Beyond its respiratory duties, this remarkable membrane assumes a pivotal role in the embryonic skeletal growth of avian species. It orchestrates the transportation of calcium from the eggshell to the burgeoning chick’s or reptile’s developing embryo. It is important to note that while this calcium contribution from the eggshell is the norm for most species, some reptiles do source a portion of their required calcium from the yolk.
During its in-egg phase, the embryo relies less on lung respiration. However, a pivotal divergence surfaces as the embryo approaches the moment of hatching, setting apart reptiles and birds. In the days preceding hatching, a chick adopts a distinct posture: it curls itself beneath its wing, its head elevated toward the eggshell’s apex, and its beak aligned in this direction. This strategic stance provides access to the air cell situated at the egg’s uppermost point.
The genesis of the air cell traces back to the egg’s laying. Freshly deposited eggs match the mother’s body temperature, but they promptly cool. As the egg cools, the inner shell membrane contracts and detaches from its outer counterpart, engendering a pocket of air—a nascent air cell. This cavity gradually fills with air from the external environment, drawn in through the shell’s pores, while the egg undergoes incubation.
Upon entering this air cell, the chick takes its inaugural breath, marking the activation of its lung function. The air cell sustains its air infusion through a process of diffusion. Even though diffusion through the chorioallantoic membrane is still effective, it takes a back seat to lung activity as the time for hatching gets closer. During this phase, if one were to press an ear against the egg, a faint “squeaky” sound might be discerned. Given that birds lack vocal cords, this sound emanates from a specialized structure known as the “syrinx.”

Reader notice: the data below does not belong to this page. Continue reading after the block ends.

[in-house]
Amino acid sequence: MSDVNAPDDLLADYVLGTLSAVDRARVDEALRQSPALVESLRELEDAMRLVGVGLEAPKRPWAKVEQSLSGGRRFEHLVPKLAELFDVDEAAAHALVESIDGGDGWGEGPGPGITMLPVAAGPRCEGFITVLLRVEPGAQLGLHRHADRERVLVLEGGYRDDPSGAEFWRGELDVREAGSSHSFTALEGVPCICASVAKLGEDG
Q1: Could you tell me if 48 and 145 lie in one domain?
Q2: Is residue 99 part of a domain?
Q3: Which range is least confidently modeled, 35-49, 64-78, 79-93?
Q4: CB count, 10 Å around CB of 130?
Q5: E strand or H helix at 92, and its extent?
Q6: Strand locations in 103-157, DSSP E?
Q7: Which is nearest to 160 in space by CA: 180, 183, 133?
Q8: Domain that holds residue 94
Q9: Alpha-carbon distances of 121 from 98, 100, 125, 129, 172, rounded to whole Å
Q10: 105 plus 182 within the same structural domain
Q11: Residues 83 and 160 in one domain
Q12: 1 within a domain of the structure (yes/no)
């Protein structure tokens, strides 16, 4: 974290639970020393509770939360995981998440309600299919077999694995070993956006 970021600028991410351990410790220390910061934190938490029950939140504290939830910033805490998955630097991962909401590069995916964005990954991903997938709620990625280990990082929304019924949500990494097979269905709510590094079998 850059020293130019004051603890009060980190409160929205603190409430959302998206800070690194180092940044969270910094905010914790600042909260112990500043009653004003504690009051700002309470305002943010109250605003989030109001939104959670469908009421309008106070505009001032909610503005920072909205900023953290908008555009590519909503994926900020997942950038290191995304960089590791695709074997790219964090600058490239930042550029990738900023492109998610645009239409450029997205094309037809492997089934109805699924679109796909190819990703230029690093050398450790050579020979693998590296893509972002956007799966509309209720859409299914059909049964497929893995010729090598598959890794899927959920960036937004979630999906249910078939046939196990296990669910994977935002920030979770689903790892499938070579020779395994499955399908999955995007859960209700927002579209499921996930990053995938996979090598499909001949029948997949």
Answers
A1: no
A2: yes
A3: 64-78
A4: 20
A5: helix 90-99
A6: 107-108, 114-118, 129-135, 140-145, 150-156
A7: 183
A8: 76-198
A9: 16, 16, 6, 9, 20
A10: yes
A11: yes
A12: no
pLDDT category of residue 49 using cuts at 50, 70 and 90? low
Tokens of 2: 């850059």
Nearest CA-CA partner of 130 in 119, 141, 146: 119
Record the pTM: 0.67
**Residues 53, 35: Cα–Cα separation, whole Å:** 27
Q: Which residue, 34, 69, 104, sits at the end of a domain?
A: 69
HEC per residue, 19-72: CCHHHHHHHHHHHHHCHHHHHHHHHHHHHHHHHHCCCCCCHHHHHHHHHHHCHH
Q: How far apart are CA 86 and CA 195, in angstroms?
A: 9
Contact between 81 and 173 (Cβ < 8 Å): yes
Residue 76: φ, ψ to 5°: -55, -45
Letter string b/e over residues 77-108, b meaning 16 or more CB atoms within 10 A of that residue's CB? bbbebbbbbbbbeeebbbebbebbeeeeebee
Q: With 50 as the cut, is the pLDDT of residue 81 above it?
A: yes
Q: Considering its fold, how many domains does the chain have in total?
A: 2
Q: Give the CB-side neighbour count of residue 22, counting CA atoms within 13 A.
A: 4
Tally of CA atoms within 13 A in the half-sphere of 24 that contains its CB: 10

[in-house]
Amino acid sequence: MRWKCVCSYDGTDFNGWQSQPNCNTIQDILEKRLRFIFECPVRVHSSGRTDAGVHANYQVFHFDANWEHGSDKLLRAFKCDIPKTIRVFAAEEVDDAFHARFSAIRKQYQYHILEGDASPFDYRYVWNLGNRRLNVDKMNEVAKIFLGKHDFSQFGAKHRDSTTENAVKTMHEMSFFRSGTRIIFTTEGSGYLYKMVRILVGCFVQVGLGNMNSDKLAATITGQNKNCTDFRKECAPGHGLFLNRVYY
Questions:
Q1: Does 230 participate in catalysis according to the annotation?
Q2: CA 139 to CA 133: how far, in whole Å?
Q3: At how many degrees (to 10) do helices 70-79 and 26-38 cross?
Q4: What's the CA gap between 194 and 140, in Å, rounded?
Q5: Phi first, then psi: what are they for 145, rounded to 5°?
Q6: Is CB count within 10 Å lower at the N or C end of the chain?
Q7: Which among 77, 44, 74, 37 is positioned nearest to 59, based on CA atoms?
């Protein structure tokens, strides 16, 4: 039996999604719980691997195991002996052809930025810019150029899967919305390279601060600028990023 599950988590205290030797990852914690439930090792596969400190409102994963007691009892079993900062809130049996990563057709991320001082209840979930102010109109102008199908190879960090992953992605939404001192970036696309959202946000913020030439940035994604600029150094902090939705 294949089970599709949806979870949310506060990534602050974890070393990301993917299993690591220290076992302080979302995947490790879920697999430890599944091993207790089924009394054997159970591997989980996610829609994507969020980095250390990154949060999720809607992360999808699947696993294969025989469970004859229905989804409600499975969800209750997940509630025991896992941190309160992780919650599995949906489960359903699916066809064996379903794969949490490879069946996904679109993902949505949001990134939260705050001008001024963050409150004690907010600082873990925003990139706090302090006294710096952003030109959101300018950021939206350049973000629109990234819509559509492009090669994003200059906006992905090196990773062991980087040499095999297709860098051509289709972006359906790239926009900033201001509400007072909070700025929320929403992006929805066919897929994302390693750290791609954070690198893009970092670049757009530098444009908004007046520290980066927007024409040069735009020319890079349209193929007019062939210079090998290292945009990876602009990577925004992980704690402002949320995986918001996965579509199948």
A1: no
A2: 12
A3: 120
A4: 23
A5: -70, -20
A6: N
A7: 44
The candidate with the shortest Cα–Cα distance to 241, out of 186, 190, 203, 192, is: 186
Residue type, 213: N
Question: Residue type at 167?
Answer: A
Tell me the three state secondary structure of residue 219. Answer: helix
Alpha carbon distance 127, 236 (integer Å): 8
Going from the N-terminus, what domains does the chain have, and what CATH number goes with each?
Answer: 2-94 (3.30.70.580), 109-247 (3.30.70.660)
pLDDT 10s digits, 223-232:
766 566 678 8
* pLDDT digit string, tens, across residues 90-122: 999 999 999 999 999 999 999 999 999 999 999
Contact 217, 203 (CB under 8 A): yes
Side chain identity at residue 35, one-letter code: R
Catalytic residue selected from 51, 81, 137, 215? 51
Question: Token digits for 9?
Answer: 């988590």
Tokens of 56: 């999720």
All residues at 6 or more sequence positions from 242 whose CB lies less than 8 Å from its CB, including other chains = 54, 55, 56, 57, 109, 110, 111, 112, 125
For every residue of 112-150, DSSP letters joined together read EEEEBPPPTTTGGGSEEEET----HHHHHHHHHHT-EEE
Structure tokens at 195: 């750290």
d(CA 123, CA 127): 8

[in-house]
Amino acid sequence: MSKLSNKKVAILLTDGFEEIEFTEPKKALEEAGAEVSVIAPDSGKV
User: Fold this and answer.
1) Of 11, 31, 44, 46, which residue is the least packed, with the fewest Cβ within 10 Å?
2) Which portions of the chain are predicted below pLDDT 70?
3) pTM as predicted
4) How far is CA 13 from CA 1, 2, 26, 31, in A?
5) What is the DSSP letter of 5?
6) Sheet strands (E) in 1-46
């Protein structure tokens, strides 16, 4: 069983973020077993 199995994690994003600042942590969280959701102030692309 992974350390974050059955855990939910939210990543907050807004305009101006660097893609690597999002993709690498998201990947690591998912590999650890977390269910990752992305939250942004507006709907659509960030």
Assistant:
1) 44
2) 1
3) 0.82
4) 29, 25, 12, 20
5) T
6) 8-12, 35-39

Conversely, most reptilian eggs eschew the air cell phase, progressing directly to the third stage of respiration.
Numerous creatures hatching from eggs exhibit a minute, pointed protrusion known as an “egg tooth” (technically termed a caruncle) situated on their beaks or nasal regions. This structure can be composed of hardened skin (as seen in crocodiles and birds) or a literal additional tooth (as observed in certain lizards and snakes). Its primary function lies in breaking open the egg’s shell. Following hatching, this appendage either falls off or is absorbed.
The positioning of a chick’s head beneath its wing positions it adeptly for pecking at the egg. Subsequently, the chick employs its egg tooth to crack open the shell. As the chorion and allantois membranes desiccate, their purpose wanes. At this juncture, the chick’s reliance shifts to its lungs for breathing.
Reptile hatchlings utilize their egg tooth, situated on their nose, to pierce through the weakened eggshell—its structural integrity diminished due to calcium absorption—and initiate their first breaths. Certain reptiles, including crocodiles, even generate sounds from within the egg. Unlike birds, these reptiles possess a larynx and vocal cords akin to those of humans.
In essence, birds and reptiles enact similar processes while enclosed within the egg. This correspondence should not astonish, given the close kinship between birds and select reptile species. These creatures all share a commonality in the form of specialized eggs that shield and furnish air to the burgeoning embryo.